performing GDS integration on the first design using the first design database to generate a GDS file; and
performing chip level static timing analysis on the GDS file.
8. The method of conducting timing analysis of claim 7, further comprising the step of performing design rules checks using the GDS file.
9. The method of conducting timing analysis of claim 8, further comprising the step of performing a rule-based tiling operation on the GDS file.
10. The method of conducting timing analysis of claim 1, wherein the first routing operation generates the first routed design and the first routed design redundant vias and fat vias.
11. A system for conducting timing analysis on an integrated circuit design, comprising:
a router for routing the integrated circuit design wherein the router generates a first routed design that includes redundant vias and a second routed design that does not include redundant vias;
an extraction module for extracting parasitics from the first and second routed designs;
a delay calculation module for calculating a plurality of first delay values and a plurality of second delay values respectively for each of the first and second designs;
a delay difference calculation module for comparing the first and second delay values and generate a plurality of delay differences therefrom; and
a timing analysis module for performing a timing analysis on the first design using the plurality of delay differences.
12. The system for conducting timing analysis on an integrated circuit design of claim 11, wherein the plurality of first delay values and the plurality of second delay values each include a minimum delay and a maximum delay for a timing stage in each of the modified design and the design.
13. The system for conducting timing analysis on an integrated circuit design of claim 12, wherein the plurality of delay differences includes a maximum delay difference, which is obtained from a difference between a maximum delay from the plurality of first delay values and a maximum delay from the plurality of second delay values.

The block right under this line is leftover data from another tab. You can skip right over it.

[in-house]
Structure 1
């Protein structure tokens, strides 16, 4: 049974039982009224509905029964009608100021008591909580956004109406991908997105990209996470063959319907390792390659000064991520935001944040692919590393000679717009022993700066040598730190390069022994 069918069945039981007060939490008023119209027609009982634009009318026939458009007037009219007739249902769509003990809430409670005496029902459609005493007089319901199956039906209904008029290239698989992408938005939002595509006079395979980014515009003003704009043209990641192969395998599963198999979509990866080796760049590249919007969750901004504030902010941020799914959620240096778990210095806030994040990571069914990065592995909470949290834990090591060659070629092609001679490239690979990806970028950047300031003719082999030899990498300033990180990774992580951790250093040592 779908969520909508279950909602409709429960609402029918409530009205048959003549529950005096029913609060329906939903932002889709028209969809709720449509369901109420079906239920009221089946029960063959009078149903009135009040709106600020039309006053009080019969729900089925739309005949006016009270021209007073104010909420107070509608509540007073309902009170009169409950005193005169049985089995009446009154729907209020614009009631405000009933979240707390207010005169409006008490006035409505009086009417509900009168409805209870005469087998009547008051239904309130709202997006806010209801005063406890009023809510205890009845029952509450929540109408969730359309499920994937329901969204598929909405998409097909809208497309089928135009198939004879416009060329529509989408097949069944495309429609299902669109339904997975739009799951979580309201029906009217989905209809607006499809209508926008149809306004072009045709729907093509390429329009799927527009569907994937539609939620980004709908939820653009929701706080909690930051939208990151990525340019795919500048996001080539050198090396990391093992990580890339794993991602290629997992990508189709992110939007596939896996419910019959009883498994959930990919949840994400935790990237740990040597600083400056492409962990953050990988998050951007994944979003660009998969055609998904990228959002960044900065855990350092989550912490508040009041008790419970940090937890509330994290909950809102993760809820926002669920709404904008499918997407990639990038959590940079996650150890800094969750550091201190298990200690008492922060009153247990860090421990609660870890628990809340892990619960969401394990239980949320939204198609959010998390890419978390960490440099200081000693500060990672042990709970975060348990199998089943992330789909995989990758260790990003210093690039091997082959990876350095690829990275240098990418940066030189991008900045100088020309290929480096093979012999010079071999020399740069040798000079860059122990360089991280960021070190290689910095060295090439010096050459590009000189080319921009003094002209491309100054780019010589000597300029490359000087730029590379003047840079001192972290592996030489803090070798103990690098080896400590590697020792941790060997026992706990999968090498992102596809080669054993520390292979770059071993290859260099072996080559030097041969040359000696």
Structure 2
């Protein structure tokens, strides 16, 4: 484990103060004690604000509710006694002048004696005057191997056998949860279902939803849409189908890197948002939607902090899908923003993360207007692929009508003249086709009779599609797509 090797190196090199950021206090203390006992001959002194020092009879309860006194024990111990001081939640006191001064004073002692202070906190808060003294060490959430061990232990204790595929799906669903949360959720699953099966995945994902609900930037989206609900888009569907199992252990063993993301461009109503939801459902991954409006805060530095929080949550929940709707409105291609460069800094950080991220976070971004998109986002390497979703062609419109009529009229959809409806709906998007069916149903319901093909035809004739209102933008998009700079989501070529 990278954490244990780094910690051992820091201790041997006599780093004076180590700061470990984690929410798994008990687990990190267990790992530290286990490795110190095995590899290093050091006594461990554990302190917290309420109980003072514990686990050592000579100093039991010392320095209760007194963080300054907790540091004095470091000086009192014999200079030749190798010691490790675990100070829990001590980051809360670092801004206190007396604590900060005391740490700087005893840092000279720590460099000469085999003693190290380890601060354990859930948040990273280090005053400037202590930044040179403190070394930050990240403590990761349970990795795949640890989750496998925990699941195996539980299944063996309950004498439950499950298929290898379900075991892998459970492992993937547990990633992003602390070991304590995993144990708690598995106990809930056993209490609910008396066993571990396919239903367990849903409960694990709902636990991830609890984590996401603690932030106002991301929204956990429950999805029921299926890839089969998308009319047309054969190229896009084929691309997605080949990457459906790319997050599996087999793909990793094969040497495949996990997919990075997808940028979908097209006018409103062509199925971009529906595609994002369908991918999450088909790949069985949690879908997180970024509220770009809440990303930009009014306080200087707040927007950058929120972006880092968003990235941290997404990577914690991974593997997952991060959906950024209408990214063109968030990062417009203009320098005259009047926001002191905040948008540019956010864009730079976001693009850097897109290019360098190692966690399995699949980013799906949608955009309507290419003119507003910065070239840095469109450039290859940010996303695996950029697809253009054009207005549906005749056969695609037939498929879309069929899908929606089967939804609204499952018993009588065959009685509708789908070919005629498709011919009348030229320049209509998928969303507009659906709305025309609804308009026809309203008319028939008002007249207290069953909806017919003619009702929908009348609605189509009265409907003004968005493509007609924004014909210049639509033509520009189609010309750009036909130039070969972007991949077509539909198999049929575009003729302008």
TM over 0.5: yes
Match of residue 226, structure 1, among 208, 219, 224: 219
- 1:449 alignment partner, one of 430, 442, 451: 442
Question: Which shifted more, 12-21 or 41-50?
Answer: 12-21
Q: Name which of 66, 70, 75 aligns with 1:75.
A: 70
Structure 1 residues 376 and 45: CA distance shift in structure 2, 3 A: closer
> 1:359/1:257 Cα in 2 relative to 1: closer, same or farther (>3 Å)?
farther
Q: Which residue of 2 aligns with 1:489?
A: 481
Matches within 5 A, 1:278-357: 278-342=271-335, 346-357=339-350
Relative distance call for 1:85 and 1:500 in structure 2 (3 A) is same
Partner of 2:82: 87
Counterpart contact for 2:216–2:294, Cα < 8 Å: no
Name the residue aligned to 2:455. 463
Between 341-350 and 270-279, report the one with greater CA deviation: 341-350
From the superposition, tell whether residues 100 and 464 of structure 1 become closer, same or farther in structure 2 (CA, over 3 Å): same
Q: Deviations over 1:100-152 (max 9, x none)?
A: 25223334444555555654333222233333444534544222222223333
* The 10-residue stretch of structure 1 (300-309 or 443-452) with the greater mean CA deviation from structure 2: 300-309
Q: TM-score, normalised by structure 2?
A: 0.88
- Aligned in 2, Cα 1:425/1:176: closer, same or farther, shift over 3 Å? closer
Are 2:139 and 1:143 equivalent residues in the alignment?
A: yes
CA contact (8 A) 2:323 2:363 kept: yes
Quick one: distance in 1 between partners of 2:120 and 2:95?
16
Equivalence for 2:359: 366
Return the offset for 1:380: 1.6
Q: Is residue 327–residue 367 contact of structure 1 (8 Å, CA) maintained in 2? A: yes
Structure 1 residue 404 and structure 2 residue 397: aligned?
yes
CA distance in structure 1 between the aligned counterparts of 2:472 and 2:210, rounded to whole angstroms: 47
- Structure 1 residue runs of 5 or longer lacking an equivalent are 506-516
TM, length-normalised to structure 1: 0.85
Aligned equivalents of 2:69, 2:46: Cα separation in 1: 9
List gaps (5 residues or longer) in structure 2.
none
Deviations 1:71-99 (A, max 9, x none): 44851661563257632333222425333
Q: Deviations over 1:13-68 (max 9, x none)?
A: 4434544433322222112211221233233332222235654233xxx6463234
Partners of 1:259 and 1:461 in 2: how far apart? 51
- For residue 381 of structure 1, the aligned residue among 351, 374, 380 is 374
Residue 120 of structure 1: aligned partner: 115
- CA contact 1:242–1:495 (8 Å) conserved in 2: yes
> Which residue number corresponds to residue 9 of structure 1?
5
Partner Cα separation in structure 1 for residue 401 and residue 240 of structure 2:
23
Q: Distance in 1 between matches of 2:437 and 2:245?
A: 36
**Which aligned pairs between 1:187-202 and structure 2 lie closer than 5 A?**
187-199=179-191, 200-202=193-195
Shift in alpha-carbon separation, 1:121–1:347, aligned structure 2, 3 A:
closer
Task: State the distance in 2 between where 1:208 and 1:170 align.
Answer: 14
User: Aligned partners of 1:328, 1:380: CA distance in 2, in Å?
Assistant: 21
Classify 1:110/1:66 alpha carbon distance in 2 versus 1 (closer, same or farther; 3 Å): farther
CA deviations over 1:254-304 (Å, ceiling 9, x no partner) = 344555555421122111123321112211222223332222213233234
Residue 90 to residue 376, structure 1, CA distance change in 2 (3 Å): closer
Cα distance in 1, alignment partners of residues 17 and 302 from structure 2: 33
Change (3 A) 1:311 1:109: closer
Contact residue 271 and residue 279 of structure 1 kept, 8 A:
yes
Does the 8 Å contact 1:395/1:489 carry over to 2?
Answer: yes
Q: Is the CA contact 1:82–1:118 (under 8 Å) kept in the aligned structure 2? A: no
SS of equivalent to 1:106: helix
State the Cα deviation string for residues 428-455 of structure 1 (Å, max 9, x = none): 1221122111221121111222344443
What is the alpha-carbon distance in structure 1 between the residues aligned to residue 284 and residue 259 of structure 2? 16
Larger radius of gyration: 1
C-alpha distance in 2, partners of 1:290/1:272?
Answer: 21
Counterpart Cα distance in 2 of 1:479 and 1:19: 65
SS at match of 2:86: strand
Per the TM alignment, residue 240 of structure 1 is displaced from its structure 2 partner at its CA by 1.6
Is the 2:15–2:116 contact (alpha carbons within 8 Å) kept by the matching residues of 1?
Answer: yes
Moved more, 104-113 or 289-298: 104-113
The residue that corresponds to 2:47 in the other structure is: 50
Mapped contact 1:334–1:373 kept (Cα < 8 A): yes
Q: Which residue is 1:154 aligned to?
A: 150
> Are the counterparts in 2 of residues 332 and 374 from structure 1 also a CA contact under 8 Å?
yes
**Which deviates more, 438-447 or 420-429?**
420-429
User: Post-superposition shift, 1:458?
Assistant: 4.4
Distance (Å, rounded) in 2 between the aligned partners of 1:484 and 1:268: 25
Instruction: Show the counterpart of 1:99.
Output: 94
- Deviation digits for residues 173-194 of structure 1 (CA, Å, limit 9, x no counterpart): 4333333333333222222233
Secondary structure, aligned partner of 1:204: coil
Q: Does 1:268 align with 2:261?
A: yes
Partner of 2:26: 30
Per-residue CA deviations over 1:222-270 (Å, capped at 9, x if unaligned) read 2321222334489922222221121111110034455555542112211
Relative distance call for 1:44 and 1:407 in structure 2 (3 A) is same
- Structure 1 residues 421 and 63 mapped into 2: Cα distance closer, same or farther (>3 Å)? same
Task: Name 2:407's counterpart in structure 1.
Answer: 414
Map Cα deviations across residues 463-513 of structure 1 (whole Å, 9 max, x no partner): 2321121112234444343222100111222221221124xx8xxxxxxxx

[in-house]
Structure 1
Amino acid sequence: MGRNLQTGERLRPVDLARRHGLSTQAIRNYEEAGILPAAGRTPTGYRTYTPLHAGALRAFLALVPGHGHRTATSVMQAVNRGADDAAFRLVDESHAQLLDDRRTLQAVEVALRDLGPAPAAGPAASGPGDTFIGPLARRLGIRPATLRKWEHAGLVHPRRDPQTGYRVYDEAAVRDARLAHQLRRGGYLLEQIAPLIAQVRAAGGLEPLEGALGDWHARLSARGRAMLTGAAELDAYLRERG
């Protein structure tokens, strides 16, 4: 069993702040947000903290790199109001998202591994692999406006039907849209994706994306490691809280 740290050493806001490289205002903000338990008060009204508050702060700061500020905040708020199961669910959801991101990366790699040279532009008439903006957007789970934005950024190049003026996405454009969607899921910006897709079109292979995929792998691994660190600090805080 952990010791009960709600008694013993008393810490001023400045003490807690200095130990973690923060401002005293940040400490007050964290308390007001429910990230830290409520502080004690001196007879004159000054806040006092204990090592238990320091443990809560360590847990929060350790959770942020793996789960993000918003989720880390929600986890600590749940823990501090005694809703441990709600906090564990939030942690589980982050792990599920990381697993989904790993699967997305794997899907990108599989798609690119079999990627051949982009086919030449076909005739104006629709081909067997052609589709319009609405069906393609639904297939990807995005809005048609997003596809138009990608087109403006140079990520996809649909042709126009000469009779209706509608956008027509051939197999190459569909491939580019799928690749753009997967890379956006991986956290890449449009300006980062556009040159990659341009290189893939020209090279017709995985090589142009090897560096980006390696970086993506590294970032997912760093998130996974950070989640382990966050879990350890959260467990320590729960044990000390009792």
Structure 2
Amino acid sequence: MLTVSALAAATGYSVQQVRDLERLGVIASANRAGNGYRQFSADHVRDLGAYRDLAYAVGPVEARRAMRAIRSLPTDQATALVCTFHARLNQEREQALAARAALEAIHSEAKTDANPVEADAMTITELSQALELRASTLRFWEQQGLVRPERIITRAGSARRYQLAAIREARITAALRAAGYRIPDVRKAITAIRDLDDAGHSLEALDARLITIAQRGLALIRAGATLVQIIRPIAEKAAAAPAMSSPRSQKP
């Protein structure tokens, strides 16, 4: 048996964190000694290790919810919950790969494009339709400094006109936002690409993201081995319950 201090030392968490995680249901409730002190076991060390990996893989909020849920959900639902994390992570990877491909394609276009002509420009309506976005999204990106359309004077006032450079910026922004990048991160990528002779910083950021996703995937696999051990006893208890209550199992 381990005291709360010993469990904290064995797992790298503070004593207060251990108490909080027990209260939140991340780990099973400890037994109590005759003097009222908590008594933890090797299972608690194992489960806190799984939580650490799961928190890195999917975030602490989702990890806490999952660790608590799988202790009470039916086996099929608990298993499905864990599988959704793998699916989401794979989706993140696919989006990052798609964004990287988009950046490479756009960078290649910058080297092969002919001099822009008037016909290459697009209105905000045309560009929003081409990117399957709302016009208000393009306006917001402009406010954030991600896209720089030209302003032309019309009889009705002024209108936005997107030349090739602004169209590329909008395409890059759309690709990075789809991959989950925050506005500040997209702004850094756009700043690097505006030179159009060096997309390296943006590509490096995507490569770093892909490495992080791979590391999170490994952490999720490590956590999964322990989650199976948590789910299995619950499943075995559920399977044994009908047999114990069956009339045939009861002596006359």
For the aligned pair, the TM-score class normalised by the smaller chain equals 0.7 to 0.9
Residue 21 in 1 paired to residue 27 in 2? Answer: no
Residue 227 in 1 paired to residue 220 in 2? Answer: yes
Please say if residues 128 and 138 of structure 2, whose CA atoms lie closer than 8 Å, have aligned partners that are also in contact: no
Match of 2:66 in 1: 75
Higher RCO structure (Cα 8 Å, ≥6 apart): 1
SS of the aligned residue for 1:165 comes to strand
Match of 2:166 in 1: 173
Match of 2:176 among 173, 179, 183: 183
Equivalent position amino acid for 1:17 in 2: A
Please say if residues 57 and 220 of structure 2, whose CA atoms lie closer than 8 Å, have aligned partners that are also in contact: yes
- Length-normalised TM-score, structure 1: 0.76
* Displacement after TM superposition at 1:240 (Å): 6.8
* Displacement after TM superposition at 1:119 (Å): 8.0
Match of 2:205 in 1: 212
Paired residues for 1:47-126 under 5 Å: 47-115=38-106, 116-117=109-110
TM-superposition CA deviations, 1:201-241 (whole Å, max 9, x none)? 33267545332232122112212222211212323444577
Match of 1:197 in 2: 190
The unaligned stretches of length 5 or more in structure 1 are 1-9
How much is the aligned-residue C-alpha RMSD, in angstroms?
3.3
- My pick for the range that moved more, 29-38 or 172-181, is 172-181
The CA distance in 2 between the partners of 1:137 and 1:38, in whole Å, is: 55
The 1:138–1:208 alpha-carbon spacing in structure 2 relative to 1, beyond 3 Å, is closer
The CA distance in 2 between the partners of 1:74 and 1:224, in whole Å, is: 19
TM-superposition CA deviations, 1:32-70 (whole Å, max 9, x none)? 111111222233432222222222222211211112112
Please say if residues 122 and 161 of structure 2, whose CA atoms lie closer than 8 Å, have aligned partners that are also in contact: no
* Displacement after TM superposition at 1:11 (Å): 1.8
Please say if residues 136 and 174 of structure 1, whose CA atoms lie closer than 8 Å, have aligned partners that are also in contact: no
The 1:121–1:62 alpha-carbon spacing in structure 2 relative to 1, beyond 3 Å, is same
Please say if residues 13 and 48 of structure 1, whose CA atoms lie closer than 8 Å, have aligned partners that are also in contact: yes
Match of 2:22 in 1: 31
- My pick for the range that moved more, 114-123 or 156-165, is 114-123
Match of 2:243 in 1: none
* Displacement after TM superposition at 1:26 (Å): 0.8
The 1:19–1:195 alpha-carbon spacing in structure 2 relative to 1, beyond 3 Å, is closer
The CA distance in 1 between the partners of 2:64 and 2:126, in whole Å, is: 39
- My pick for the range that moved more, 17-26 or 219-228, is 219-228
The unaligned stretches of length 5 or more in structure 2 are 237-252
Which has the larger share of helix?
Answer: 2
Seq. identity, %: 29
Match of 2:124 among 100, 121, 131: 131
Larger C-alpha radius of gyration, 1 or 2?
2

14. The system for conducting timing analysis on an integrated circuit design of claim 13, wherein the maximum delay difference is to incorporate into the maximum delay from the plurality of second delay values before performing the timing analysis for a setup check.
15. The system for conducting timing analysis on an integrated circuit design of claim 12, wherein the plurality of delay differences includes a minimum delay difference, which is obtained from a difference between a minimum delay from the plurality of first delay values and a minimum delay from the plurality of second delay values.
16. The system for conducting timing analysis on an integrated circuit design of claim 15, wherein the minimum delay difference is to incorporate into the minimum delay from the plurality of second delay values before performing the timing analysis for a hold check.
Description
    BACKGROUND OF THE INVENTION
  • [0001]
    The present invention relates generally to semiconductor integrated circuits having redundant vias and, more particularly, to a method and system for performing accurate timing analysis of integrated circuits having redundant vias.
  • [0002]
    Vias are openings or conductive lines formed in dielectric layers of a semiconductor chip. The dielectric layers insulate conductive layers, which contain circuit elements, such as transistors. In present day chips, millions of vias may be used to form a complex system of interconnections for circuit elements located in stacks of conductive layers. FIG. 1 shows a single via 10 connecting a first metal layer 12 to a second metal layer 14.
  • [0003]
    To improve the speed and performance of a chip, engineers constantly strive to design circuits that are more compact so that more circuit elements may be placed in the chip. One way to achieve these goals is to increase via density and decrease via size. However, a major problem with shrinking via dimensions is that even the slightest manufacturing error may cause a via to fail. For example, if the via is too small, it may not provide a suitable electrical connection between two conductive layers. Integrated circuits typically include a number of critical vias. One example of a critical via is a via that provides the only electrical connection between two conductive layers. Such a via is also referred to as a “stand-alone” or “single transition” via. The failure of a critical via may render the entire integrated circuit inoperable and cause great financial loss.